Click here to download all the UVXY, front month VIX futures and contango and backwardation data since 2004. Note that the data was updated on March 28 2020 16:04:33 (California time).
The calculated UVXY price is modeled based on VIX futures data. This allows to obtain the price of the UVXY since the VIX futures started trading (2004/march) until now. The price model can also be used to forecast future UVXY data based on VIX futures prices.
This is the model used to generate the data:
 For any given day n, calculate R(n) as twice the return that you would get by holding a combination of 1st and 2nd month VIX futures from day (n-1) to day n.
Note that UVXY is calculated almost the same as the VXX as explained here. In the VXX case 2nd month VIX futures contracts are bought with the proceeds of selling 1st month ones. In the UVXY case basically the same is done by calculating twice the return of buying 2nd month VIX futures with the proceeds of selling 1st month ones. Like that the model replicates twice the return of the S&P 500 VIX Short-Term Futures index for a single day.
 Apply UVXY’(n+1) = UVXY’(n) + UVXY’(n) x R(n+1)
Take as initial value the market value adjusted for splits of the UVXY on its first trading day: UVXY’(1)=82978.56
 Calculate the daily tracking error, F, by solving:
UVXY(n+1) = UVXY’(n+1) x F
With border conditions:
UVXY’(N)= Market price of the UVXY on the last trading day (N = day of the last close).
The estimated UVXY’ model, based only on  gives higher values than the market prices. That difference with respect to the market data is used to calculate the daily tracking error. The tracking error in the final model  is close to 2% per year and would be smaller if no management fees existed. That tracking error would only represent management fees if the UVXY accomplished perfectly its supposed goal of replicating twice the return of the S&P 500 VIX Short-Term Futures index.
This is how the model and the data looks like. Note that the screenshot was taken with info up to the 5th May 2014 but the downloadable spreadsheet has updated data :
Looking at the data you can see that in low volatility periods, when the VXX is falling the UVXY goes down much more and vice versa. You can also see that the UVXY values have fallen from around 650 millions (yes millions) to 52.15, which works out to be an 80% compounded annual fall. Even though the fall has been enormous at certain periods of explosive volatility the UVXY has multiplied itself by 15, like from the period of less then 3 months from end August 2008 until the 20th November 2008. That means that even if you were to expect an annual 80% fall, it could be that in a couple of months the UVXY could have a 1500% gain ! In other words if you short just before a period of explosive volatility your short position could go 15 times against you (or even more). On the other hand if you think you can predict the next volatility explosion or if you want to hedge against it a UVXY long position could be helpful.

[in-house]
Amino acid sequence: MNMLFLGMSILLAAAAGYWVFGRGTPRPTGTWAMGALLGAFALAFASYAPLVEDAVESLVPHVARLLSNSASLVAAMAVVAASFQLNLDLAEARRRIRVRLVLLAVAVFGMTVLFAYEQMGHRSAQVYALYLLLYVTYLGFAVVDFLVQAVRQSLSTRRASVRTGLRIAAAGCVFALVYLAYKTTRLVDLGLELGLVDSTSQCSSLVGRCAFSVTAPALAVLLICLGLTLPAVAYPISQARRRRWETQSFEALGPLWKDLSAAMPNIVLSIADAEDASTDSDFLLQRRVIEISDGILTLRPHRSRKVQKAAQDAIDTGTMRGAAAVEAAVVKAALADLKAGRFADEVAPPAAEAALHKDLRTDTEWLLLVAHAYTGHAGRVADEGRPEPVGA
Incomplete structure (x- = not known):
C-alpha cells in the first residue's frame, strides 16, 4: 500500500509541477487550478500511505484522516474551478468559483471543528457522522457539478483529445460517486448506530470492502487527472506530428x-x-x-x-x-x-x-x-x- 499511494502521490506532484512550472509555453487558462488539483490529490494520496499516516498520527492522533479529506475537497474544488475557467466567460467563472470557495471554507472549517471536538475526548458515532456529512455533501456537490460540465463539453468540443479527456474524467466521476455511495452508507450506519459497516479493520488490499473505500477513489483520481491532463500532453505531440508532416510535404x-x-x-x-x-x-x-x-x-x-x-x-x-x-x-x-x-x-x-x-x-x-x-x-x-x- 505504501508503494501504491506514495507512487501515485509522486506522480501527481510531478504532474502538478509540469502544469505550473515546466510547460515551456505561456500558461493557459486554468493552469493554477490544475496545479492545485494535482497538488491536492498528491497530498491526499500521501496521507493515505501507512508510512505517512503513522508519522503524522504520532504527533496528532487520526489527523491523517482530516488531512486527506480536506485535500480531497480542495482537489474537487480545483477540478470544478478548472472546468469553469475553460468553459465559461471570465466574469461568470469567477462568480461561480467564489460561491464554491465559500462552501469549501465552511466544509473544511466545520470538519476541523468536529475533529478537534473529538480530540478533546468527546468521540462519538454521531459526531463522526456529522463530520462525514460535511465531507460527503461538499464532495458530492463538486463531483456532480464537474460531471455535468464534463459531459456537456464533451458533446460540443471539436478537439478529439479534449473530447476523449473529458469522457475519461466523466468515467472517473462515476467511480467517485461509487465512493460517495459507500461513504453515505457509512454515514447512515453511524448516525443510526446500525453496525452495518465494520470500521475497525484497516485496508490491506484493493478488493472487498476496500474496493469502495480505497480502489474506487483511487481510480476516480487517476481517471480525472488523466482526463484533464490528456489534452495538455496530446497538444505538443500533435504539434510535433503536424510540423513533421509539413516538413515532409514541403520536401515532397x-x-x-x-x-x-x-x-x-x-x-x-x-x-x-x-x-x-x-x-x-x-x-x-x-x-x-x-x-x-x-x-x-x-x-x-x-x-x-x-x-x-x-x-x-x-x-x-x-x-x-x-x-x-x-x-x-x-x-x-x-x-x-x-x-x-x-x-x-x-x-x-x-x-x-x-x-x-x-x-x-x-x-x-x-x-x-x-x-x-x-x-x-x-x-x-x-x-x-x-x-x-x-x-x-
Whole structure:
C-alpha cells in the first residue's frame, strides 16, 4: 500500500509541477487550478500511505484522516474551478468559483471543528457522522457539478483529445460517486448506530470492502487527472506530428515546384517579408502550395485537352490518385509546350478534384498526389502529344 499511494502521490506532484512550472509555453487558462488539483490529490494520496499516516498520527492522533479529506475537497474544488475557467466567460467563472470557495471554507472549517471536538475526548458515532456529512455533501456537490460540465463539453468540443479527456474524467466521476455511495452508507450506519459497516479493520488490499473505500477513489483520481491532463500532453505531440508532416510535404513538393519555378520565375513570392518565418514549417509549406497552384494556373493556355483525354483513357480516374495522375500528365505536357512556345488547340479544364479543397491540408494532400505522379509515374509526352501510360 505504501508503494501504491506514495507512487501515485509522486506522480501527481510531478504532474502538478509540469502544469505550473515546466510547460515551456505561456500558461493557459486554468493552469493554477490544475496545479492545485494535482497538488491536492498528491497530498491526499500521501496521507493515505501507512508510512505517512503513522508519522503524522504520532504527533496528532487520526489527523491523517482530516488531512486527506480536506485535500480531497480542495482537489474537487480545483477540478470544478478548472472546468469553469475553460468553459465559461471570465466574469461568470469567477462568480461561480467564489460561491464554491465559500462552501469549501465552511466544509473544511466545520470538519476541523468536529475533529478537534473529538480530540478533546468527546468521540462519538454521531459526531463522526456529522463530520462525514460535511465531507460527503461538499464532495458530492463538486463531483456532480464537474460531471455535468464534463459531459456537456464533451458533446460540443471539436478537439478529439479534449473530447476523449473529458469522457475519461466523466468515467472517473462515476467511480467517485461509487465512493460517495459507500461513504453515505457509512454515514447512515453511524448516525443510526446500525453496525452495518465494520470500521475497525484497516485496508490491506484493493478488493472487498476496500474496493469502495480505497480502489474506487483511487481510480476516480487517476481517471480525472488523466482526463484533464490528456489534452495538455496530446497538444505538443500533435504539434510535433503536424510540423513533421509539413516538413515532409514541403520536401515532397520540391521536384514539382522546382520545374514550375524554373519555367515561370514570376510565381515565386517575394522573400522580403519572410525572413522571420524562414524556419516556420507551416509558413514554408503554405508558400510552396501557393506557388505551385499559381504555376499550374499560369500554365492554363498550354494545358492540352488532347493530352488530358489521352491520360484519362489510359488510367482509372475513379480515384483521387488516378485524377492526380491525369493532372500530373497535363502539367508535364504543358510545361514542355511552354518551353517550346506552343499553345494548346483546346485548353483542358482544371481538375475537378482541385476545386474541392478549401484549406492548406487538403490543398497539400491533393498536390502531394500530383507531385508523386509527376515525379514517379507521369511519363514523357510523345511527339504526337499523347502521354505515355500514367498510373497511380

If you want to calculate new UVXY values you will have to implement the formulas guided by what I explained here or by the model definition explained at the beginning of this post. It is good that you implement how to calculate the data in order to have a better understanding of the UVXY dynamics. The UVXY historical prices are available from yahoo finance. The VIX future prices are available at the CBOE website. You can use that data to keep on updating the model since I may not update it regularly.
You may not have time or do not wish to implement the pricing formulas or want future UVXY forecasts based on VIX futures values. I sell for 40 US$, or its equivalent on any currency accepted by paypal, the same spreadsheet with a data model for historical and future forecasted data. It includes:
1) Pricing formulas.
2) Forecast future values based on VIX futures values, with random market noise to see different outcomes.
3) Latest data update, and future updates if you don’t manage to do them.
4) Front month VIX futures, contango and backwardation data up to 2004.
5) Example of a parameterizable model to generate sell signals.
6) Support on forecasting, modelling and updates.
Besides the historical and modelling data it has the advantage that you can understand how the VIX futures determine the UVXY price. You may also use it to make forecasts of how the UVXY will be affected depending on future VIX futures prices. It includes UVXY price forecasts based on VIX futures values, with which you can play with, to estimate what the UVXY price will be depending on different scenarios.
You can make the payment via paypal to my email [email protected] or with the button below. Via the paypal payment button, besides allowing you to use paypal, you may also chose cards such as visa, master, american express, discover or maestro. You may pay in dollars or the equivalent amount in the supported currency of your choice. Once paid I will be notified by email and I’ll send you the excel spreadsheet with the latest data and the formulas. I’ll gladly give you e-mail support if you need it. You may request an invoice by email if you specify it before or during the payment process.